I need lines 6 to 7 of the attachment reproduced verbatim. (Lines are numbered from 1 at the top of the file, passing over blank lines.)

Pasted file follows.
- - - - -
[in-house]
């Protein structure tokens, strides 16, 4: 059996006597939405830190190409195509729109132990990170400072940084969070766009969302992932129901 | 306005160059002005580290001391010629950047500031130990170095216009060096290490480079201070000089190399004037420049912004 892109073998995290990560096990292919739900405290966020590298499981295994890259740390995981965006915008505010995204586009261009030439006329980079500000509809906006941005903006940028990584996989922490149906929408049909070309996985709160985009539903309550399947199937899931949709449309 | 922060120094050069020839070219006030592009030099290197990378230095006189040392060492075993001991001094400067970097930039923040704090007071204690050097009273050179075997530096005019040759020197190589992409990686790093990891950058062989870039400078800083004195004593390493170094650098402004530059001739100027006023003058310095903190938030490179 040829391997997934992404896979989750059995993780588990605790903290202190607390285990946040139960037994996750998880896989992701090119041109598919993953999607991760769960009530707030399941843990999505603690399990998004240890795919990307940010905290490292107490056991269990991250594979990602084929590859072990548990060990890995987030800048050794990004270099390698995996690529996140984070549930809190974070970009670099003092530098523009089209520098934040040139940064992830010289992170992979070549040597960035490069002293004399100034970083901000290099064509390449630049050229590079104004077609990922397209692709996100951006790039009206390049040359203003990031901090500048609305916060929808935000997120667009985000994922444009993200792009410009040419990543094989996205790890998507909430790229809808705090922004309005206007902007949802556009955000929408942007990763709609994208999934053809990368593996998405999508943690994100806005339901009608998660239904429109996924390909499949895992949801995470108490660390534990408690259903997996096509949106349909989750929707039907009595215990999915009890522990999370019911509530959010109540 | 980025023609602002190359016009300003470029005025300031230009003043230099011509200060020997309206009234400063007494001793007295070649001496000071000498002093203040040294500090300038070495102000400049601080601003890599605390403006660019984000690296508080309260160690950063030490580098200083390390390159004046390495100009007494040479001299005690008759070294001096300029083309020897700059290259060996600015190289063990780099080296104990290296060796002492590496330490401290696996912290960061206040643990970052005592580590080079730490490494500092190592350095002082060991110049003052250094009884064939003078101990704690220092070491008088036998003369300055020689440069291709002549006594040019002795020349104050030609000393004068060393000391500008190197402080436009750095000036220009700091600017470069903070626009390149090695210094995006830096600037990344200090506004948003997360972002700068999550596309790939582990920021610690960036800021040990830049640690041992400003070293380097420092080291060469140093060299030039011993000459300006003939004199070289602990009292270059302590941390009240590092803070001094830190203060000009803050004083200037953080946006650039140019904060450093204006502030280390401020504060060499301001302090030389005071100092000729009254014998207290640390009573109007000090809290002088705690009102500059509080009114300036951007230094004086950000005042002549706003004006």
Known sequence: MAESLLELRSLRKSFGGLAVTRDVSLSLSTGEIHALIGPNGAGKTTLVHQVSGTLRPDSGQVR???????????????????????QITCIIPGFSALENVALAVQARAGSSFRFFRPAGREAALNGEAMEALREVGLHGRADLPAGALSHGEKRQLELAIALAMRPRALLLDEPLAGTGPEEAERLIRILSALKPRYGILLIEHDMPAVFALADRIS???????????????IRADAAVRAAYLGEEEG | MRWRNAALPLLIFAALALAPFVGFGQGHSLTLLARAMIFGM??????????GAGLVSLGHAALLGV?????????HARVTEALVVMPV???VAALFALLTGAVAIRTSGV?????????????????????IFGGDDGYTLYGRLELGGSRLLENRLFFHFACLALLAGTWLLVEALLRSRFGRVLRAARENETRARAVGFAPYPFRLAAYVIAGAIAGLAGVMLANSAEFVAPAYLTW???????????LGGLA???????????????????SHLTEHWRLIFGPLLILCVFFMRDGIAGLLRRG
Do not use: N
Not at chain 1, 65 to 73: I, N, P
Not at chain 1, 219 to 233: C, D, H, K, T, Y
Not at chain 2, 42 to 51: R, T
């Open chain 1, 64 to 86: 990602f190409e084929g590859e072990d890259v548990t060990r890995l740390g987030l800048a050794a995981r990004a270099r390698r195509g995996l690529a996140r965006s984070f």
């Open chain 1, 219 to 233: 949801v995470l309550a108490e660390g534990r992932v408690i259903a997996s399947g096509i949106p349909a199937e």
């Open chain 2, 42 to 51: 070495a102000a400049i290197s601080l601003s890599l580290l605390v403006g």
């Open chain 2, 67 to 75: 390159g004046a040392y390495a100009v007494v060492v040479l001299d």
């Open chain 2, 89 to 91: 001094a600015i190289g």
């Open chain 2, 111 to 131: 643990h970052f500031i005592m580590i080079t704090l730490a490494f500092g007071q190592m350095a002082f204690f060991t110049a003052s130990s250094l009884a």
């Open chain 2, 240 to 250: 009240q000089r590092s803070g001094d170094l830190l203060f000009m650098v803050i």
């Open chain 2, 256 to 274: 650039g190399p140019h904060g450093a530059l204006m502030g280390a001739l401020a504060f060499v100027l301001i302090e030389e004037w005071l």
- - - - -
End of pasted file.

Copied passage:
Not at chain 1, 219 to 233: C, D, H, K, T, Y
Not at chain 2, 42 to 51: R, T